11. "But you also gain about a stop's worth of DoF using DX" - That's not a good thing if you actually want a shallow depth-of-field Kent. And I did qualify it with "all other things being equal" by which I meant not swapping the lens for a shorter focal length to get extra D-o-F.
     
  12. My takeaway message was simple. When these machines came out there was a lot of talk about the need to limit to f5.6 or lower to avoid diffraction effects. What I see is that this is not true. The diffraction effects are at a very minute detail level. If the depth of field is needed (as in landscapes) the loss of minute detail will not be seen until very large prints are produced. As in film from the old days, use the f stop you need for the depth of field.
     
  13. In general, if everything is done correctly, and there's no camera or subject movement to worry about, details on the plane of focus in a photo taken at f/5.6 will look sharper than details on the same plane taken at f/11. But, it's not a big enough difference that you shouldn't ever take a photo at f/11 or even higher. If you need to see detail in front of an behind the POF, a smaller aperture will be critical.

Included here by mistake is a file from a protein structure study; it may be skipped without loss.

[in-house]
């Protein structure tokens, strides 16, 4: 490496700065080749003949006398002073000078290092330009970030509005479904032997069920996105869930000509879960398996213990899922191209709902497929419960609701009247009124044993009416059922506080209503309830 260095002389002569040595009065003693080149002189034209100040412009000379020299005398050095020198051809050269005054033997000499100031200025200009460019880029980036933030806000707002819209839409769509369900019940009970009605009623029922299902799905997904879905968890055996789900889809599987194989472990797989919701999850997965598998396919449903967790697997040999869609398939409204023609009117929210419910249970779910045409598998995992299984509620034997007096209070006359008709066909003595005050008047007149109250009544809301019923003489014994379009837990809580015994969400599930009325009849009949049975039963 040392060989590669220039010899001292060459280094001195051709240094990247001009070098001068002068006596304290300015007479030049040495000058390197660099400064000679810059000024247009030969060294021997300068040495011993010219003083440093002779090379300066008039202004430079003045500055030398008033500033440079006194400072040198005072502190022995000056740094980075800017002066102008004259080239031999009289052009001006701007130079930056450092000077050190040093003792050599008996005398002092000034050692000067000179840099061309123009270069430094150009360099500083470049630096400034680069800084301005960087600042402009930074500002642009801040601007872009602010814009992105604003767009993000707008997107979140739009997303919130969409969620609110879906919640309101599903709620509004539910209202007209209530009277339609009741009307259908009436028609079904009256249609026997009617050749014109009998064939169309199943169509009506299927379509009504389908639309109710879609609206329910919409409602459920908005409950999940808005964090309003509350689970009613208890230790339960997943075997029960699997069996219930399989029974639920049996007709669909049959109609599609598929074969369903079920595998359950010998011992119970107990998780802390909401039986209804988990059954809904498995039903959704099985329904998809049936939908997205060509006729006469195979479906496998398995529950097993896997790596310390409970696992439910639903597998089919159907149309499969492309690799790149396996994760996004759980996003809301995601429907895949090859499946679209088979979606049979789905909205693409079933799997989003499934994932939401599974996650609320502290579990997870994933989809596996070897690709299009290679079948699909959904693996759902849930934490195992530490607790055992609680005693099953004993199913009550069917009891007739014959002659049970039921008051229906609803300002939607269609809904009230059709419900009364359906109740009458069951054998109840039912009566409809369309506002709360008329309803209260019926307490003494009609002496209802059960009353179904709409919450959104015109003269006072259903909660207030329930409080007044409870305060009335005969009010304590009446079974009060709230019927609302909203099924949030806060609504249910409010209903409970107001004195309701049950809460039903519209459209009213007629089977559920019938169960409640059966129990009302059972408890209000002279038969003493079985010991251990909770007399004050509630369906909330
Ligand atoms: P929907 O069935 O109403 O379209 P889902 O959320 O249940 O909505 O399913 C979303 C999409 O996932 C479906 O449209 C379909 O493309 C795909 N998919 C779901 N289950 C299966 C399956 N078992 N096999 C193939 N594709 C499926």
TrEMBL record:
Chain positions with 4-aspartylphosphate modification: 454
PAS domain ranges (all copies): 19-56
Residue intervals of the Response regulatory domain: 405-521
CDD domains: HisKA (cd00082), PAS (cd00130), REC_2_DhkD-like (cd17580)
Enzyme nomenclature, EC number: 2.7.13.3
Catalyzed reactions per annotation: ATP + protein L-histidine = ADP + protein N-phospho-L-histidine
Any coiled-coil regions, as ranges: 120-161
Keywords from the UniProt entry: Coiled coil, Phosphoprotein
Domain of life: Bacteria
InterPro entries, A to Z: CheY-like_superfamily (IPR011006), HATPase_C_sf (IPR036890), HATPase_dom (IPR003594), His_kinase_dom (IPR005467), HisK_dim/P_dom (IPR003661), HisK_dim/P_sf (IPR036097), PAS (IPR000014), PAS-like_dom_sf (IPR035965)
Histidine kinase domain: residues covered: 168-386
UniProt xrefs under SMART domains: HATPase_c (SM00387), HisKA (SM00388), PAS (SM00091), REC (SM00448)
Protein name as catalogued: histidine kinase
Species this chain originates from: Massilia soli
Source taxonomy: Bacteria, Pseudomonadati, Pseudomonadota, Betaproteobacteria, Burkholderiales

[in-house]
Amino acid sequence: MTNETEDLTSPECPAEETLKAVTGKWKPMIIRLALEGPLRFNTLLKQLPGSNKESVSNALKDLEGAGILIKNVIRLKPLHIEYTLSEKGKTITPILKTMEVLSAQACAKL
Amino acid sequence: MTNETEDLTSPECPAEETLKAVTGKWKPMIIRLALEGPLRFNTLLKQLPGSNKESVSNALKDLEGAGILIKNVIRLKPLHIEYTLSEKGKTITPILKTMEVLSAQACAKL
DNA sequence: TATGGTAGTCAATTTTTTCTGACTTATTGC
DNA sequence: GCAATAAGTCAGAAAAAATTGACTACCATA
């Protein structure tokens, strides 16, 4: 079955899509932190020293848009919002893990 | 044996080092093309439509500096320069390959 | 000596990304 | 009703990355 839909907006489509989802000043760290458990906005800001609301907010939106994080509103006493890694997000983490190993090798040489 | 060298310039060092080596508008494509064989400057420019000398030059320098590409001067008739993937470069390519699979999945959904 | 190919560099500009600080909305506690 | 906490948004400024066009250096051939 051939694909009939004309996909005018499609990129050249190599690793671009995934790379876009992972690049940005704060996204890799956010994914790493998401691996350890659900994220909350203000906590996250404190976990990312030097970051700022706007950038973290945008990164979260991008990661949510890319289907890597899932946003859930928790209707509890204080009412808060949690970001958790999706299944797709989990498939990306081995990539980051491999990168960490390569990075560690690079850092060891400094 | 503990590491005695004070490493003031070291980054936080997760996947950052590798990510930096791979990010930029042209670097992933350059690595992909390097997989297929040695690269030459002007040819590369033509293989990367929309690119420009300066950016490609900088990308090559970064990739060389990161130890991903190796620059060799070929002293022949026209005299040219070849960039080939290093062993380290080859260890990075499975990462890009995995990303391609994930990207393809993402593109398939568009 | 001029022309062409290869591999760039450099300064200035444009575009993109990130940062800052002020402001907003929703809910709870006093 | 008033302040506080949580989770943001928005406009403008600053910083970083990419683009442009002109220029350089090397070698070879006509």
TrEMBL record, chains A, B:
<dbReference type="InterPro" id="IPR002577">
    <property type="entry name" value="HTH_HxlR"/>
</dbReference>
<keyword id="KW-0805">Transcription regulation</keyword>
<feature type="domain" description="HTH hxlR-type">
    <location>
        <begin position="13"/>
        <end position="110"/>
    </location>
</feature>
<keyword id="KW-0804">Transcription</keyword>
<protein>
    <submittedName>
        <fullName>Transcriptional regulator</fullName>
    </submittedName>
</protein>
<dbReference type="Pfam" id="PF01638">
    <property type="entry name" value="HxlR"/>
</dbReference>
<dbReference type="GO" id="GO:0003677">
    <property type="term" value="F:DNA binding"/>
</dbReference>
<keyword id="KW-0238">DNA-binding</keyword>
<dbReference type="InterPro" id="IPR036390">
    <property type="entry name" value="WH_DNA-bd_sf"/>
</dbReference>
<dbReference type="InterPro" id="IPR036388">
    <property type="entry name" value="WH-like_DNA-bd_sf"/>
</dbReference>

In certain instances, focus stacking will be an option, but only when nothing in the scene moves (including light). Obviously, you can't focus stack portraits or wildlife or street scenes or a bride throwing a bouquet.
     
  14. Diffraction becomes more of an issue with shorter focal length lenses as the actual diameter of the "pupil" of the aperture blades becomes smaller and smaller. It is less noticeable in longer focal length lenses.
     
  15. If you look at graphs such as these..
    http://www.lenstip.com/upload3/3525_roz.jpg for the Nikon 40mm macro or
    http://www.lenstip.com/upload3/2563_Nik105mm_res.jpg for the Nikon 105mm VR